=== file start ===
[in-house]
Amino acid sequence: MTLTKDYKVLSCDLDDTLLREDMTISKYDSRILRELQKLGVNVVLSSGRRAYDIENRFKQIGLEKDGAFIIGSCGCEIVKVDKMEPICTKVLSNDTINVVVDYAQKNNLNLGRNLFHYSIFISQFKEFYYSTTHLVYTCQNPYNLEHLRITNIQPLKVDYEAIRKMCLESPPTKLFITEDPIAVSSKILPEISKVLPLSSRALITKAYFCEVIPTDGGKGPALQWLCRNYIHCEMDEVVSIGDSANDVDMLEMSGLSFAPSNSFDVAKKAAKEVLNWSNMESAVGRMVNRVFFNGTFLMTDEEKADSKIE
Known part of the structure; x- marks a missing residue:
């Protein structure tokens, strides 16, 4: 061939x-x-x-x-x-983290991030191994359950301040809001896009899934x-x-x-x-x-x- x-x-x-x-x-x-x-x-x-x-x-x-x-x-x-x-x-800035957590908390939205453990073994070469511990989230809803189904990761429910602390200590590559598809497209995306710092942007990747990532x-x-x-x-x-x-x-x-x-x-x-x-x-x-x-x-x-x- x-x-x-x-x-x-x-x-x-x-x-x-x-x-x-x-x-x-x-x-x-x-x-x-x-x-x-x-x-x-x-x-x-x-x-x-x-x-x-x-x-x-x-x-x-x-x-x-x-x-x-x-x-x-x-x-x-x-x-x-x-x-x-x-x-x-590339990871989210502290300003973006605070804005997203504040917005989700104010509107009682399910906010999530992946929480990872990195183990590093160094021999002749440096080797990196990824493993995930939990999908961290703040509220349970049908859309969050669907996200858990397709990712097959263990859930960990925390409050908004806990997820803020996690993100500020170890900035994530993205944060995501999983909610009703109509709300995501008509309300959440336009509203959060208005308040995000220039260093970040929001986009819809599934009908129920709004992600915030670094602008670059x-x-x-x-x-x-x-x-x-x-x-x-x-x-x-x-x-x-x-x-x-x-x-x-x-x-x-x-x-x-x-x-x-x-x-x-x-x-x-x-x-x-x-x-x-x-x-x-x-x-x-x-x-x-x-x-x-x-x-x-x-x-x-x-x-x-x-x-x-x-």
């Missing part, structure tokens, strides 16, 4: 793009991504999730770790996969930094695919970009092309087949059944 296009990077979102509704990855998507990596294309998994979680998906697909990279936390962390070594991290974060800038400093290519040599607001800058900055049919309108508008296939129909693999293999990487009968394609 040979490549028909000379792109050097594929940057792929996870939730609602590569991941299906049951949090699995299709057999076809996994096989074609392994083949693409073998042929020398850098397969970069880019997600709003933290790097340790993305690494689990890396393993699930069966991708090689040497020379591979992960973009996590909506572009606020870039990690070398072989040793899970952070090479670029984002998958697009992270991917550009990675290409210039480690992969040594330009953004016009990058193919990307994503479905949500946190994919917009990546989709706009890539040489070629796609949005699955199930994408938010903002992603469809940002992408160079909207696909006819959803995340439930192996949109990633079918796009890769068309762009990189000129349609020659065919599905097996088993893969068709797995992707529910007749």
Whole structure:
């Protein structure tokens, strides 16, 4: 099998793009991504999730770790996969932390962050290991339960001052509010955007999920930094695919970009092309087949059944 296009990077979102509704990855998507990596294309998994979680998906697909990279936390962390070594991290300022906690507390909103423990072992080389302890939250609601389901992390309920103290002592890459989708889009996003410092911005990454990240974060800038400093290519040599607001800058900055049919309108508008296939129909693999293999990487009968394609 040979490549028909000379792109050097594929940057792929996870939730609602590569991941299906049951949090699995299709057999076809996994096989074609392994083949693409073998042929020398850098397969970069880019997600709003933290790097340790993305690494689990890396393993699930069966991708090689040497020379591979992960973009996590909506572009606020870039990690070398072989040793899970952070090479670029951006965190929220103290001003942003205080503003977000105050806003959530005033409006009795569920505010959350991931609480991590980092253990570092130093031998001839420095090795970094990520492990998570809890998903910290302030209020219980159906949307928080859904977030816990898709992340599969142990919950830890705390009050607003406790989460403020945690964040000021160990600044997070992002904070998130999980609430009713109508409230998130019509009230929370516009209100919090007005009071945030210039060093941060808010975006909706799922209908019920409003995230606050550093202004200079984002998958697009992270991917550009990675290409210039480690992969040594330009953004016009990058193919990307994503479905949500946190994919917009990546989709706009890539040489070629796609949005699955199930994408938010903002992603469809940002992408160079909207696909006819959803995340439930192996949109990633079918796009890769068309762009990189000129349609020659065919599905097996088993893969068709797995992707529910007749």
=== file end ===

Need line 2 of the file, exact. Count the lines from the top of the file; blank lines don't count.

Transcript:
Amino acid sequence: MTLTKDYKVLSCDLDDTLLREDMTISKYDSRILRELQKLGVNVVLSSGRRAYDIENRFKQIGLEKDGAFIIGSCGCEIVKVDKMEPICTKVLSNDTINVVVDYAQKNNLNLGRNLFHYSIFISQFKEFYYSTTHLVYTCQNPYNLEHLRITNIQPLKVDYEAIRKMCLESPPTKLFITEDPIAVSSKILPEISKVLPLSSRALITKAYFCEVIPTDGGKGPALQWLCRNYIHCEMDEVVSIGDSANDVDMLEMSGLSFAPSNSFDVAKKAAKEVLNWSNMESAVGRMVNRVFFNGTFLMTDEEKADSKIE